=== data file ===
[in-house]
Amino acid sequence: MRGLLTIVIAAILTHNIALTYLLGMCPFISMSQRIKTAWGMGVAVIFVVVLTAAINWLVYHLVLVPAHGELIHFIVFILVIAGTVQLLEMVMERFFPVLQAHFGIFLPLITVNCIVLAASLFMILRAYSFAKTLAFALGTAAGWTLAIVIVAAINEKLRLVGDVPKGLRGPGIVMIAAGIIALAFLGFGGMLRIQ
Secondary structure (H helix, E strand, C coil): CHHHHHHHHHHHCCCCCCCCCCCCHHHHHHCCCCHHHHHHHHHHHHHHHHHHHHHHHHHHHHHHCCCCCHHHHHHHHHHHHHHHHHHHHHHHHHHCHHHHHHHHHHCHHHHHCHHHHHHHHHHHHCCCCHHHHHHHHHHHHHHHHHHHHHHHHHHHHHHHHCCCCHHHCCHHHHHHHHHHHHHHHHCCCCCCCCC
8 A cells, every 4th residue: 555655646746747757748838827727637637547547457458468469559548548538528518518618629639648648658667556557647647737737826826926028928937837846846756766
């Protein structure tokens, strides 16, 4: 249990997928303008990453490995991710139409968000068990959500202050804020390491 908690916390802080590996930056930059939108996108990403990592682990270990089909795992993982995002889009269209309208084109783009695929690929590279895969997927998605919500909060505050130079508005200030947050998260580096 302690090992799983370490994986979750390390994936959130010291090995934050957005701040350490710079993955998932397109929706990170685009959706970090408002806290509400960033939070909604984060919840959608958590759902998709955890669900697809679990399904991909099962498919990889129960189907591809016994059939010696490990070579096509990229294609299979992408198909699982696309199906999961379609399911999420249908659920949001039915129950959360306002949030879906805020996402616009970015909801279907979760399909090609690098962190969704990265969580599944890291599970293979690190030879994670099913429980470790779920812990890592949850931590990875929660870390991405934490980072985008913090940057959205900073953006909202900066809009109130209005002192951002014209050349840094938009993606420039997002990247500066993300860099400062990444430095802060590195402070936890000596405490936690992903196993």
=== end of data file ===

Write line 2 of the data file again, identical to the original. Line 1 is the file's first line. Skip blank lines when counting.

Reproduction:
Amino acid sequence: MRGLLTIVIAAILTHNIALTYLLGMCPFISMSQRIKTAWGMGVAVIFVVVLTAAINWLVYHLVLVPAHGELIHFIVFILVIAGTVQLLEMVMERFFPVLQAHFGIFLPLITVNCIVLAASLFMILRAYSFAKTLAFALGTAAGWTLAIVIVAAINEKLRLVGDVPKGLRGPGIVMIAAGIIALAFLGFGGMLRIQ